Ansible and Virtualenvs Part 1 - Why

Ansible and Virtualenvs Part 1 - Why

Ansible and virtualenvs

What started out as a single post quickly became overly long and still didn’t touch on some of the more advanced topics, plus it was marked draft for way too long. Welcome instead to a series on effectively using Ansible and virtualenvs together. Much of this is relevant in a non-Ansible context, however, it is written from an Ansible perspective.

  1. Why virtualenvs for Ansible Part 1(this article)

  2. Ansible and Virtualenvs Part 2 - Creating and Using Introduction

  3. Ansible and Virtualenvs Part 3 - Under the Covers

  4. Ansible Tower and Virtualenvs Part 4 (future topic) In the meantime check out Ansiblejunky’s article.

    • Run ansible-playbook commands directly on Ansible Tower server

  5. Pip and Virtualenv Cheatsheet

Virtualenv 101

Python is famous for its batteries included approach, a reference to the powerful standard library which comes with any Python install. However typically in environments of any complexity, for example writing APIs or using AWS, the basic install needs to be supplemented by some of the vast selection of external libraries such as flask or boto.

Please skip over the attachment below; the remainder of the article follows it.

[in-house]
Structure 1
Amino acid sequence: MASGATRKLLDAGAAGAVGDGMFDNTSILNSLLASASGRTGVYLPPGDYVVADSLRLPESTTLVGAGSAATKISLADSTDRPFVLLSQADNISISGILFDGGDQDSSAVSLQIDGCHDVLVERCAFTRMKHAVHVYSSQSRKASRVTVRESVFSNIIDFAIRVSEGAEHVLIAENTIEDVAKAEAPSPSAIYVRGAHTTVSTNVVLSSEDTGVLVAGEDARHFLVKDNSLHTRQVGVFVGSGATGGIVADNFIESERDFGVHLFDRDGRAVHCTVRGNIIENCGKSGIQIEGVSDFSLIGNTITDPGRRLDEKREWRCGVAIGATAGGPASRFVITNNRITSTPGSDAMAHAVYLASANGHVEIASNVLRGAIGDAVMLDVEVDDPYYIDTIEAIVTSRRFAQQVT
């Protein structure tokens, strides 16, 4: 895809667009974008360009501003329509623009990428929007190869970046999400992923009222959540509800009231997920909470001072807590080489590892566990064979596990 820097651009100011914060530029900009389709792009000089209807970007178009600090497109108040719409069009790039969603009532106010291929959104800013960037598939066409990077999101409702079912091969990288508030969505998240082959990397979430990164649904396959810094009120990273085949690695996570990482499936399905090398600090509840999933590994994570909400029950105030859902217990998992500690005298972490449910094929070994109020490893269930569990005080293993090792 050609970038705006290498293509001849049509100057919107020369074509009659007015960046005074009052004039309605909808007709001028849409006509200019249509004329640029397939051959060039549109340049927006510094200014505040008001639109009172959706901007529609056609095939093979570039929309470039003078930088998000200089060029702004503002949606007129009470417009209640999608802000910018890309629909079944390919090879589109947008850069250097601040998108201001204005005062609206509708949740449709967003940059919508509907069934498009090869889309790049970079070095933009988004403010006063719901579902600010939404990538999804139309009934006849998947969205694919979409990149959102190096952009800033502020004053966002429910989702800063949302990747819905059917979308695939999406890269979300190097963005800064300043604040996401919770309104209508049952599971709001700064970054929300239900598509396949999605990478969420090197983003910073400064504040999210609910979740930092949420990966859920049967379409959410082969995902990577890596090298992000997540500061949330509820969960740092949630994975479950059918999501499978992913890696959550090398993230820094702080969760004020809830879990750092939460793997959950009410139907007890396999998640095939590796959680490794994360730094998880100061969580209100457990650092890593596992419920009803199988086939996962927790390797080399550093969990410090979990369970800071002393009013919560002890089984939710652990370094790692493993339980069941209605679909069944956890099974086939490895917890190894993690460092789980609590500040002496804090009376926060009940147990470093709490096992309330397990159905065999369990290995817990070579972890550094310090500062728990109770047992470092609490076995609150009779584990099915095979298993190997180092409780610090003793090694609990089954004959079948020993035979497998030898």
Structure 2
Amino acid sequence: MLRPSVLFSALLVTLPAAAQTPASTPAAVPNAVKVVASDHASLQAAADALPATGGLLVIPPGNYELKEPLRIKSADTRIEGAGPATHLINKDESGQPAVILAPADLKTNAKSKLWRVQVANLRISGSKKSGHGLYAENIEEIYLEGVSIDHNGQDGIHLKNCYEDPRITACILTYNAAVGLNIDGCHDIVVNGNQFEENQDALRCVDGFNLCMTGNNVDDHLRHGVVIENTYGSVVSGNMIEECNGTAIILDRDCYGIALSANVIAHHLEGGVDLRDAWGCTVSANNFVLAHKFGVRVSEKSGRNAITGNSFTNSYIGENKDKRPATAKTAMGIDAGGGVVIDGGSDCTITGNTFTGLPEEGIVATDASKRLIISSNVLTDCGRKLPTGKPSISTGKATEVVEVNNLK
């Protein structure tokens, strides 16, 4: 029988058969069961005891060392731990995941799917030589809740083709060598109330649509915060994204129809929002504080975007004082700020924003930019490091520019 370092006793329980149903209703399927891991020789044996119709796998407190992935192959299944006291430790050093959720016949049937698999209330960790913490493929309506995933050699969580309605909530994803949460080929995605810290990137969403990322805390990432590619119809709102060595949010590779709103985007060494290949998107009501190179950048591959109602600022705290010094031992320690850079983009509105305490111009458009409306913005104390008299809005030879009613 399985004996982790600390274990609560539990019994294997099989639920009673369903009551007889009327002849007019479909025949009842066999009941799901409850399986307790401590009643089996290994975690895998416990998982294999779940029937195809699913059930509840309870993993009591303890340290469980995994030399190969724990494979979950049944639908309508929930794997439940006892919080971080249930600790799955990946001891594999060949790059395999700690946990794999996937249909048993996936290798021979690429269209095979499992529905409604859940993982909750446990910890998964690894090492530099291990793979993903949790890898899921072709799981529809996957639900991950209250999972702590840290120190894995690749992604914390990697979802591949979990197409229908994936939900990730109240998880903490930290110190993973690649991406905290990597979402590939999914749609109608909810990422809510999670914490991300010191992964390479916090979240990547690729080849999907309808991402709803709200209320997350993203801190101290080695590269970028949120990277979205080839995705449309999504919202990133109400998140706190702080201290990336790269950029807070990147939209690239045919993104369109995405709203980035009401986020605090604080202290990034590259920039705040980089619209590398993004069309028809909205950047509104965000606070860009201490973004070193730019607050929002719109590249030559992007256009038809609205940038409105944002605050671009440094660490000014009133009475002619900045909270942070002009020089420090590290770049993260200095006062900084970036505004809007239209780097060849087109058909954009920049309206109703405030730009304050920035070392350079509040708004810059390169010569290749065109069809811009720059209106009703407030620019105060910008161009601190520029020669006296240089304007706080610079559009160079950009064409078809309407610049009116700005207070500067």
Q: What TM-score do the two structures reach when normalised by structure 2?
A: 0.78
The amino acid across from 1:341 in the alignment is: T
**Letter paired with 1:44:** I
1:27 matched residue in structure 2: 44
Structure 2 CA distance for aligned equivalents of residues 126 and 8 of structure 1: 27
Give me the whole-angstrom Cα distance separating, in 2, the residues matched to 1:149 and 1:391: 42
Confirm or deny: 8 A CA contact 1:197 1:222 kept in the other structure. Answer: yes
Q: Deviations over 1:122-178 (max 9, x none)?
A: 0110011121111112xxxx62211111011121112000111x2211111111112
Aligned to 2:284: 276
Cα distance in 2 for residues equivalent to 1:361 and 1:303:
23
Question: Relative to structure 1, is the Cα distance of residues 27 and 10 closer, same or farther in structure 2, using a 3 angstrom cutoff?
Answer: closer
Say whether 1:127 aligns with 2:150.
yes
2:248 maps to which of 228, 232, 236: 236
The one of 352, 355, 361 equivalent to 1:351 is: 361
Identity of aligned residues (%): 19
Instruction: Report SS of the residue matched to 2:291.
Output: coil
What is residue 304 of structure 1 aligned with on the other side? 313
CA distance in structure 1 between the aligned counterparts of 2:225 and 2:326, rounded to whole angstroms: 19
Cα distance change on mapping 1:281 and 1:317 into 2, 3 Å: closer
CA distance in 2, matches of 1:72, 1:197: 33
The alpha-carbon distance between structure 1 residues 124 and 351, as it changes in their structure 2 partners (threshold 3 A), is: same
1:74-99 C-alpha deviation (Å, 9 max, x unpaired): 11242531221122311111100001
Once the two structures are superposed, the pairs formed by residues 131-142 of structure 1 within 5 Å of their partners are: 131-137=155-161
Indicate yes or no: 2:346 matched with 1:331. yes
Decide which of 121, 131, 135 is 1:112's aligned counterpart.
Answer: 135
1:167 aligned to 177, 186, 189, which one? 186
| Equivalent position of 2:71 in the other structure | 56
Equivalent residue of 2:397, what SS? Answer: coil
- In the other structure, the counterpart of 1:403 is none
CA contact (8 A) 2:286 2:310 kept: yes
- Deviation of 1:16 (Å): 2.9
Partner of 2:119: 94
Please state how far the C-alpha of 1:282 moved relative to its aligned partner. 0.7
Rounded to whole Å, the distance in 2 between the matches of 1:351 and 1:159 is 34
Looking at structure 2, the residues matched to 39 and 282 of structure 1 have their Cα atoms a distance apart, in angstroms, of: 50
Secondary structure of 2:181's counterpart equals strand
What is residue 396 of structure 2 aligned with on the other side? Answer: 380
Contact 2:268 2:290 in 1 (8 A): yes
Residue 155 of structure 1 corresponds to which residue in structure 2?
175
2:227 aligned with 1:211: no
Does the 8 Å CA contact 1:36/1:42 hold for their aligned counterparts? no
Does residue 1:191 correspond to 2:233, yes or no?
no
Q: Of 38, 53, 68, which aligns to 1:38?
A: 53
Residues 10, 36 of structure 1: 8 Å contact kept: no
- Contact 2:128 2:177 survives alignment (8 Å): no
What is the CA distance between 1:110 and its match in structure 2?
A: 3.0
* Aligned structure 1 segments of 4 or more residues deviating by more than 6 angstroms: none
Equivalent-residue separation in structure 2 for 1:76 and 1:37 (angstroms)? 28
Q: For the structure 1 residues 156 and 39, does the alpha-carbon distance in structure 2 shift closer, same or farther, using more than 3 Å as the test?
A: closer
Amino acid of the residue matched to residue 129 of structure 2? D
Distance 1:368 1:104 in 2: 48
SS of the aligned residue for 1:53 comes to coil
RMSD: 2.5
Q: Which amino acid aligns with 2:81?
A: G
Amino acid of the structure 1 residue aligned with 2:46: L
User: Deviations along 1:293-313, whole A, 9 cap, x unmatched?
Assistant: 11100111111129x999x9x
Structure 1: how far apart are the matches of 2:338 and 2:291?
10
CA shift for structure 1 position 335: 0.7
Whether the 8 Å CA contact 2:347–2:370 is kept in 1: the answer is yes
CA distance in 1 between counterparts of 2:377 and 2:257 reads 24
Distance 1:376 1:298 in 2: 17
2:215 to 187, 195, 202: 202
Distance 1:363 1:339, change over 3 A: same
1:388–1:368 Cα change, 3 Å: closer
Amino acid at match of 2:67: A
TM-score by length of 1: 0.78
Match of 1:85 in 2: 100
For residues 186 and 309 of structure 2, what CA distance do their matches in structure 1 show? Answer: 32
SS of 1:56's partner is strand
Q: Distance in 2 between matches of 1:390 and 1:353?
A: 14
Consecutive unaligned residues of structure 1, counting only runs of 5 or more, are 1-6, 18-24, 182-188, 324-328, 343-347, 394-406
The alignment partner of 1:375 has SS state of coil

These libraries can be installed at a system-wide level, available to everyone or at a user level which also allows users to install libraries without root privilege. Alternatively, you can use Python virtualenvs. Virtualenvs are a simple way to created isolated python run time environments. Enabling simple control over your python version, libraries, and python executables. Virtualenv creation and configuration are covered in more depth in Part 2 and Part 3.

virtual env

Ansible leverages Python Libraries

Before we look at why use virtualenvs it’s worth spending a few paragraphs on why we need this isolation and control with Ansible at all. It is not uncommon for newcomers to Ansible to assume that because it offers extensive support and modules for AWS, Windows, Azure, networking equipment etc that it comes ready to communicate with them all "out of the box". In other words that you can write your first ansible playbook for AWS and type ansible-playbook make-aws-cloud.yml and off it goes.